The Winter Solstice at Stonehenge seemed like an auspicious day to visit this ancient and mysterious place.
Only trouble is that a howling storm has swept in from the Atlantic to flood most of the south of England. The stream across the road from The Swan is running high and fast. The swinging sign of The Swan can’t drop to the vertical, and the grassed picnic area and car park next to the stream are covered with water. However, as this is the only opportunity to visit Stonehenge before heading to London for Christmas with family, the excursion proceeds.
Under a leaden sky, the drive along the narrow country roads to Stonehenge is slow. The roads don’t have shoulders, which means water runs off the higher fields, which are totally saturated, across the road to the lower fields. Wherever there is a dip in the road, it is flooded. Vehicles coming in the opposite direction send sprays of muddy water over the hire car. Bare branched trees whip around in the strong, gusting wind. Everything is sodden and grey. Including my mood. Misting rain becomes suddenly heavy, reducing visibility, then returns to misting rain again revealing the famous stones on a nearby hillock.
There’s a huge car park and a brand new visitor centre some 150m from it. And the sky opens again. Oh joy of it all! Manage to pull a spray poncho on before getting out of the vehicle and heading down to the visitor centre. The wind is relentless, gusting to 45mph.
The brand new centre is a kilometre from Stonehenge. It has a shop and cafe on one side, exhibition space on the other and a covered central space which includes the ticketing booth, creating a massive wind tunnel. The ticket sellers, even behind the glass windows, have trouble holding on to tickets and cash when the wind whips under and through the pay dish. They are clad in extreme weather gear.
The exhibition is impressive – spacious, informative, interactive – with a considerable collection of artefacts. Then out into the storm for the 4WD ‘train’ ride to the archaeological site. Only trouble is – where do you catch the ride? There are no signs. What’s the difference between the green train and the red train? One’s faster than the other i.e. 10 minutes versus 3 minutes. What the? To add to the confusion there is a group of young Korean travellers who are getting their ‘bunny ear’ photo moments every few yards – in front of entrances, toilet doors, exits or thoroughfares.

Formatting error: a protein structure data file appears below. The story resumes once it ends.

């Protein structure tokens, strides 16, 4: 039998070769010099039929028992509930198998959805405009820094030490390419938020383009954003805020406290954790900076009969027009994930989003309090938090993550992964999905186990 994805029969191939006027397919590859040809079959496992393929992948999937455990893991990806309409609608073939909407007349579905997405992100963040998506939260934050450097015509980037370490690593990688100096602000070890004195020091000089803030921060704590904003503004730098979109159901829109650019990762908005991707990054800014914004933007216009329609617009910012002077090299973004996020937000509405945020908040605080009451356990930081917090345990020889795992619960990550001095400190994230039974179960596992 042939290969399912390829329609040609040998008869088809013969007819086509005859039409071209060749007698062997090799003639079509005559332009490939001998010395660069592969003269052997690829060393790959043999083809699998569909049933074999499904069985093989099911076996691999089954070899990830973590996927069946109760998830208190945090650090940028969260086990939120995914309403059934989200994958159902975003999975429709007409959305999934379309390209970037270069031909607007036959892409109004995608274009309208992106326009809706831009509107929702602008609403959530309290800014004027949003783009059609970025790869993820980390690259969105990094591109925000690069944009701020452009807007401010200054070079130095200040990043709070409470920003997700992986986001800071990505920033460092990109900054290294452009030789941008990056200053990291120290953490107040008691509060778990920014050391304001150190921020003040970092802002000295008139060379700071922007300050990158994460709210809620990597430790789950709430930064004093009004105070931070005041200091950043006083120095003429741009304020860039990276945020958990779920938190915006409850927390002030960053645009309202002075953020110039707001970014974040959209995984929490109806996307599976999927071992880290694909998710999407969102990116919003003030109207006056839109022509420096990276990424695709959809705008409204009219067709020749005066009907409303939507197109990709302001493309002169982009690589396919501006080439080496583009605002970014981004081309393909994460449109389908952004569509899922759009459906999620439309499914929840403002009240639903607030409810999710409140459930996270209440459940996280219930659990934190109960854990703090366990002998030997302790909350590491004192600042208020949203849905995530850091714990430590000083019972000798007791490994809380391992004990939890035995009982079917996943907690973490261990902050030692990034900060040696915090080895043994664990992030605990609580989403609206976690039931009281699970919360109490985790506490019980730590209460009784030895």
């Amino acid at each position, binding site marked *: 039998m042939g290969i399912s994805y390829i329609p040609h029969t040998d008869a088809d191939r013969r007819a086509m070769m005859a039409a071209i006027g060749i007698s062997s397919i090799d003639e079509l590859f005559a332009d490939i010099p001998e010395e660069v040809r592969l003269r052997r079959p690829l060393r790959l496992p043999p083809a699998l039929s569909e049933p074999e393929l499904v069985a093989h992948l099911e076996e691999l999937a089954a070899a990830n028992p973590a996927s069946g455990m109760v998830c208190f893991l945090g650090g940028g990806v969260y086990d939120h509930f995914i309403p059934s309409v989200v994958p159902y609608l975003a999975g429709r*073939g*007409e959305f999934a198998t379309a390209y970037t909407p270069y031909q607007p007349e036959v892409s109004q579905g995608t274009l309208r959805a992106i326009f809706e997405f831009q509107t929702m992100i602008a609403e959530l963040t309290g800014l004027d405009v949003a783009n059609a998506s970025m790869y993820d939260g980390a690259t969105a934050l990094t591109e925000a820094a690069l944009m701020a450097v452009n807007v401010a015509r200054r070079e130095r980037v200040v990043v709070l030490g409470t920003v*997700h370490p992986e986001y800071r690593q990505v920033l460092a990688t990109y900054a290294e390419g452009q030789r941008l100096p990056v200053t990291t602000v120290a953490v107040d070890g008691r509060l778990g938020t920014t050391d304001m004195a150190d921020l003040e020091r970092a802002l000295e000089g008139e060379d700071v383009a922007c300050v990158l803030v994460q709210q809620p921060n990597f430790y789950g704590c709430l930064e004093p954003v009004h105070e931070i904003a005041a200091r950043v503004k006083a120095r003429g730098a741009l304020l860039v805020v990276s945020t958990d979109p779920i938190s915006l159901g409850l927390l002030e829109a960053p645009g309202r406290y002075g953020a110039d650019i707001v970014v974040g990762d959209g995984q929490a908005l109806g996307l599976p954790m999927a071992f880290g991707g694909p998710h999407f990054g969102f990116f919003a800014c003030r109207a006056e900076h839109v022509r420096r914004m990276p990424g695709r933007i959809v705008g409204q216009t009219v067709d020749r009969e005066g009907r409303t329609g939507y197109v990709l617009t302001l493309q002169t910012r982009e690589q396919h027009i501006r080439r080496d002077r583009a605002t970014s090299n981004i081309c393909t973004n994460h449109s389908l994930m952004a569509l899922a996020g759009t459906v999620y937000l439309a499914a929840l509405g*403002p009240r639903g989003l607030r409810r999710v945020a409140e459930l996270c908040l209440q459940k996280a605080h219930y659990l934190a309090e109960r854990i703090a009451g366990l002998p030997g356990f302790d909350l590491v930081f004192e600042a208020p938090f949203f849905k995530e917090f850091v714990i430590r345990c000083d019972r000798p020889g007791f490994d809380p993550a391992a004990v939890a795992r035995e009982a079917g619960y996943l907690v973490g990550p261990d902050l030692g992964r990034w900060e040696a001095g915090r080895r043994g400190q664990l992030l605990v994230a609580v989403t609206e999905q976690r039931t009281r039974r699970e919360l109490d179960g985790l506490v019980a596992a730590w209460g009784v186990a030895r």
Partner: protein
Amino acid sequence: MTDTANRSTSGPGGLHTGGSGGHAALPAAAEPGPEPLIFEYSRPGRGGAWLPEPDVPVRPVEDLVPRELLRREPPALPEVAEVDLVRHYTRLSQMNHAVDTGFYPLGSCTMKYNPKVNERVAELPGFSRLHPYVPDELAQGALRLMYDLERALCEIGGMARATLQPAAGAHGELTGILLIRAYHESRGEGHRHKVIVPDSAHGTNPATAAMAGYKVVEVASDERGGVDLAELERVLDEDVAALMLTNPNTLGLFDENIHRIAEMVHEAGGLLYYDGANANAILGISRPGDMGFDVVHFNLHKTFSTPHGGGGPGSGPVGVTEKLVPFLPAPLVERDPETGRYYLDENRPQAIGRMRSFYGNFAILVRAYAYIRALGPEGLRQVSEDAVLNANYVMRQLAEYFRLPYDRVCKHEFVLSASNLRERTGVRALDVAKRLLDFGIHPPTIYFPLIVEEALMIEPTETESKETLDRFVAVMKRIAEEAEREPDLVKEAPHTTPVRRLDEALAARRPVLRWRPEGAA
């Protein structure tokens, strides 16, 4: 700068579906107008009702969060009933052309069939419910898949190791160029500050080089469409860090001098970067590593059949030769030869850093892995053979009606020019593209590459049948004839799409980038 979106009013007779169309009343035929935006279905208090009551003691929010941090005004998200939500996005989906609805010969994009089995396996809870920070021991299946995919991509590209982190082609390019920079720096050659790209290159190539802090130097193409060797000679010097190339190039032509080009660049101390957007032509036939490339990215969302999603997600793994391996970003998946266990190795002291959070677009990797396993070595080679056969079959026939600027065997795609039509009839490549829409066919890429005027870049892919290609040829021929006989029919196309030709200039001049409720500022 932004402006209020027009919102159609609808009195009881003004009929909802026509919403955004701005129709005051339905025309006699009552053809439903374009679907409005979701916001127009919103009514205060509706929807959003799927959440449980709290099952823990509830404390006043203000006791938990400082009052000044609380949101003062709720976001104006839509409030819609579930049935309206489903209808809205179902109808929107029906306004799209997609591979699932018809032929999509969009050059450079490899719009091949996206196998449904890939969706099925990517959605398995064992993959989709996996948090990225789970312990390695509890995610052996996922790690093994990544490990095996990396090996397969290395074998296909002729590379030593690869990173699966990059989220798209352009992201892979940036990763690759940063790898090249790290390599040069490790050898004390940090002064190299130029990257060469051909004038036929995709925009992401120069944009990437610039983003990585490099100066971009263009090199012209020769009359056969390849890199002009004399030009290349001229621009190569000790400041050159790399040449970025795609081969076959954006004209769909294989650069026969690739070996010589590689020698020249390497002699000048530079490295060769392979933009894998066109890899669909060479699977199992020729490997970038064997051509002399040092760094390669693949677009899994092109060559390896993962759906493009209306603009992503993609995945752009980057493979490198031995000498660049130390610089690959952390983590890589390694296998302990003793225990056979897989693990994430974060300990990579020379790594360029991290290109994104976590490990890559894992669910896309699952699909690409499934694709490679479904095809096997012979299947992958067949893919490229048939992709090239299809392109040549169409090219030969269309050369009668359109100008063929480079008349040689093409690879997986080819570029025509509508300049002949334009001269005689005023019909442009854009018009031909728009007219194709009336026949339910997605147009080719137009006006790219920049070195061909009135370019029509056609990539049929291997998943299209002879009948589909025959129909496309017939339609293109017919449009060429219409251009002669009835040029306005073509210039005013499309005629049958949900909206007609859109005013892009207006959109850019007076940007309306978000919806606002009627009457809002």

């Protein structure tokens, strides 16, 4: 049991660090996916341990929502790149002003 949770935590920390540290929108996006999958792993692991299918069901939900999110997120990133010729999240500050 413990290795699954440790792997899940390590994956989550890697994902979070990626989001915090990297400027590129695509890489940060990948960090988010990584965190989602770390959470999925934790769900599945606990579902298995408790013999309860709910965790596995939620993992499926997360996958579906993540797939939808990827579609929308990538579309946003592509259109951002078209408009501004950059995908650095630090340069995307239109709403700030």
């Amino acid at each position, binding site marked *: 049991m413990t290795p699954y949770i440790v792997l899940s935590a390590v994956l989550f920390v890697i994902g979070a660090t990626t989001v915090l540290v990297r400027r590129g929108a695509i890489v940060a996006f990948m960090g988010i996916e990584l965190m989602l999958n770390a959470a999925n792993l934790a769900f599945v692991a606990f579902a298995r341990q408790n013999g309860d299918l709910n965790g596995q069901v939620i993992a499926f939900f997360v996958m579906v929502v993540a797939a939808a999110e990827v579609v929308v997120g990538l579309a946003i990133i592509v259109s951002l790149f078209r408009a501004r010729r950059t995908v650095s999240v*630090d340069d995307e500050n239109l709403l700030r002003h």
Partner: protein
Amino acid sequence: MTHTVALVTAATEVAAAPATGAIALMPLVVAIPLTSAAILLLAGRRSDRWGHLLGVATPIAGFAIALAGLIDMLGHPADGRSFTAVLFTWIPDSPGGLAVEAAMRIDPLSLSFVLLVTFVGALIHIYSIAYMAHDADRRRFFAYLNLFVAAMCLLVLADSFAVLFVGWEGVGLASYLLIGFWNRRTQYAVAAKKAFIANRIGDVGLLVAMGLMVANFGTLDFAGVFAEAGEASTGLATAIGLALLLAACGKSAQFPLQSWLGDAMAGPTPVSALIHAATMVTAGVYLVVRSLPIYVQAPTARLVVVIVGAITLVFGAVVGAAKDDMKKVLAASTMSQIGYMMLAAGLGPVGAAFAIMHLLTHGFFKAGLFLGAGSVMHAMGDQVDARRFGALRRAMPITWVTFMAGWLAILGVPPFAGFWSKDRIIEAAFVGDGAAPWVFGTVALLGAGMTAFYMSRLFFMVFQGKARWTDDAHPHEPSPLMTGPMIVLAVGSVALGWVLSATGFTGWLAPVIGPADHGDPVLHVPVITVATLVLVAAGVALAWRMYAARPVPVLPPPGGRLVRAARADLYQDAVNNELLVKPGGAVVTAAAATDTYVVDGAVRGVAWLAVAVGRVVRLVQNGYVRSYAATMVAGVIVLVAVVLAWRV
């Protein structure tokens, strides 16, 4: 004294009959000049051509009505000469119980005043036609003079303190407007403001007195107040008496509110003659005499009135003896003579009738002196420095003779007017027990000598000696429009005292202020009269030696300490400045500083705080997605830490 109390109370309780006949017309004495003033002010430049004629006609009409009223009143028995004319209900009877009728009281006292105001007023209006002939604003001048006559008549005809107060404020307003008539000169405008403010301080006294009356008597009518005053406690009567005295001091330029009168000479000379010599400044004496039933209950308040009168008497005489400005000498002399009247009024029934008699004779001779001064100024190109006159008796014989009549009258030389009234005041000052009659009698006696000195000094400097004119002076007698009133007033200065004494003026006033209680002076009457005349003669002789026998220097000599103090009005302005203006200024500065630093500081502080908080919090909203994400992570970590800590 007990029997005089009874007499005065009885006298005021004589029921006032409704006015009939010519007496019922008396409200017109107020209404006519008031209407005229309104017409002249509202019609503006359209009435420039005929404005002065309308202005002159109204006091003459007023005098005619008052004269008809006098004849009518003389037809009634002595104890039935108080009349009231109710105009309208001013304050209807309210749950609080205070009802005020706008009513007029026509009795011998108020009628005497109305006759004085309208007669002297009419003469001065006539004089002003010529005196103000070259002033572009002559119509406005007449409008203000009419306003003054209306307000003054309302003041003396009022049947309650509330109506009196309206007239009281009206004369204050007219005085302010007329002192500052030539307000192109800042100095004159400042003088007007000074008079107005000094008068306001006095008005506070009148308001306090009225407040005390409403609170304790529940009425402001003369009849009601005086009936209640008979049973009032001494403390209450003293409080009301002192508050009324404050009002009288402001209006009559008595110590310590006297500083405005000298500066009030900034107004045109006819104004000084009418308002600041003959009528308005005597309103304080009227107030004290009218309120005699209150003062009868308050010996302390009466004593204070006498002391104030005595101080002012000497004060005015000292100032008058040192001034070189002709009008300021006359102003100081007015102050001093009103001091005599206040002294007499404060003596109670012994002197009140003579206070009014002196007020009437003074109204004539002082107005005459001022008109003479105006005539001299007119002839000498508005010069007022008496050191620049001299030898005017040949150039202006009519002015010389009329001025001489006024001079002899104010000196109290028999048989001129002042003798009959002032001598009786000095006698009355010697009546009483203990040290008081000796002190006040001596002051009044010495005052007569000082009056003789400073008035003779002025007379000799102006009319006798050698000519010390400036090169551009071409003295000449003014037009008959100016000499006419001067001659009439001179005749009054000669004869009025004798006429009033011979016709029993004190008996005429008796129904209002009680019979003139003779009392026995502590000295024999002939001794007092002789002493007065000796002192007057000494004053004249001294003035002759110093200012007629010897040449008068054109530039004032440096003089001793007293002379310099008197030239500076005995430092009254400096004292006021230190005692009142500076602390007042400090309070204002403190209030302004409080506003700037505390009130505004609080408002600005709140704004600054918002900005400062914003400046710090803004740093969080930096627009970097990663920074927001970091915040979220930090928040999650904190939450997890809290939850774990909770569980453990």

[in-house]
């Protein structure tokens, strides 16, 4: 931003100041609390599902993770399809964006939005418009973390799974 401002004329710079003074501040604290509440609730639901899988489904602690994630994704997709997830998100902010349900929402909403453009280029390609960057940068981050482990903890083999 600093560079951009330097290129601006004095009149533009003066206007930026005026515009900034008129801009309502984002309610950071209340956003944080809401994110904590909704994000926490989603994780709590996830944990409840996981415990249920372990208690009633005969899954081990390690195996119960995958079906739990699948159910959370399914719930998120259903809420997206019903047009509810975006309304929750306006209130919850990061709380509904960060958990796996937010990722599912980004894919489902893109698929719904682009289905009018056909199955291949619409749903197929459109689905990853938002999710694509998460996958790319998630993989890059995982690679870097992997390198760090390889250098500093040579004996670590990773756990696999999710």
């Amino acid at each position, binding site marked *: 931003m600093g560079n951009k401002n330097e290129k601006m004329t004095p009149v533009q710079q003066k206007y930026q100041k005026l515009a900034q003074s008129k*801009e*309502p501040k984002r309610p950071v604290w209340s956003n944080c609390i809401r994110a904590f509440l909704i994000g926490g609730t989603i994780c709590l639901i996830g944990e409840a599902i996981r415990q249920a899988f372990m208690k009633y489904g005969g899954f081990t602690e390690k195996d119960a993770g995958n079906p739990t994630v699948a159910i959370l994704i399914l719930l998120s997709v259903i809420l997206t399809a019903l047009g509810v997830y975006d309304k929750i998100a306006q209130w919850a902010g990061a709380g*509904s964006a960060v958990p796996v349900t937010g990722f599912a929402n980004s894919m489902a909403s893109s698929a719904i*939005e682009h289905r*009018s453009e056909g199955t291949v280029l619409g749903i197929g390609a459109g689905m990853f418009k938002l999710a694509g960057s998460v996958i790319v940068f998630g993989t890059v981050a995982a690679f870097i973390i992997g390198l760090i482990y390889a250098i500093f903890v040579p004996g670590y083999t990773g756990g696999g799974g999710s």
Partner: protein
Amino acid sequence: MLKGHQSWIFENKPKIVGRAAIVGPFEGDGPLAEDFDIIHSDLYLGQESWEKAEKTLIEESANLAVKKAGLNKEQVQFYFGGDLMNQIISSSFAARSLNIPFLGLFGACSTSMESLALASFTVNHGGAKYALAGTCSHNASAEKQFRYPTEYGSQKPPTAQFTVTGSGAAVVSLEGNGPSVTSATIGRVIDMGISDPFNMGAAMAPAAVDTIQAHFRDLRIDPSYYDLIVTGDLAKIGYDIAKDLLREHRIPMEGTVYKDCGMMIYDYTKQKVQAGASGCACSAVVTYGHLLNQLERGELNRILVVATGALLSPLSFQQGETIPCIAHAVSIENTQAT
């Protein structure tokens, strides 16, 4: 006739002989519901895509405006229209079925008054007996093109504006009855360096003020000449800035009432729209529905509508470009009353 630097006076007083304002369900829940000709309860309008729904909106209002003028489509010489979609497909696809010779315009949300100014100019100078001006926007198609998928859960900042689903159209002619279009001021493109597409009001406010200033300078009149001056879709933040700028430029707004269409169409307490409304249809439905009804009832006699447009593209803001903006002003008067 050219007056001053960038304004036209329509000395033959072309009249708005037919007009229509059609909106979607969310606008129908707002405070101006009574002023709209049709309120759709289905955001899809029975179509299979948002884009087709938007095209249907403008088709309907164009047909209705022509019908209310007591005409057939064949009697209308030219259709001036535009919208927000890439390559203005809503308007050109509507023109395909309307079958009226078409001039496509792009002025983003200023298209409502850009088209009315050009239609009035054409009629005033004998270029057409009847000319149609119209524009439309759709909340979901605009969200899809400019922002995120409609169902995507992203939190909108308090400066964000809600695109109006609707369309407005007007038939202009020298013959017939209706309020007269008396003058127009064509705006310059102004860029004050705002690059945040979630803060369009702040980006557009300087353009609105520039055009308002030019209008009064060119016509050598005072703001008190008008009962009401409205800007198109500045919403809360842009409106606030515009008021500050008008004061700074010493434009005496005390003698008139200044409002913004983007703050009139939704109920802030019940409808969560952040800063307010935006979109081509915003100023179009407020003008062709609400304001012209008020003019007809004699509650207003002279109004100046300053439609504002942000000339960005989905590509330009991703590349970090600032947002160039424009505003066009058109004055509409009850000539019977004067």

Finally into a carriage for the trip to Stonehenge proper, stopping in a flooded gravelled turning area. The rain is hammering down and the wind has not abated. A cheerfully stoic young Englishman, in wet weather gear, bare headed and with rain running down his face, indicates the path to follow to the site. Then the wind really picked up! The rain was horizontal, blinding and stinging one’s skin like needles. It was only possible to walk on a short concrete path. The full circled grass path was closed because it was utterly sodden.
You had to lean at 45 degrees into the wind to prevent yourself being blown off your feet! Furthermore, you are no longer able to enter the stone circle, there was no possibility of finding shelter there. Managed to get to the Heal Stone and look across the axis of the site, something that very few people did that day. Glad to have seen the place from that angle, because it gives a better understanding of the site than does the concrete path. After a short while, returned to the 4WD pickup point, waited in the pouring rain (there is no shelter) before returning to the car, sodden and needing a hot shower and stiff drink back at the pub.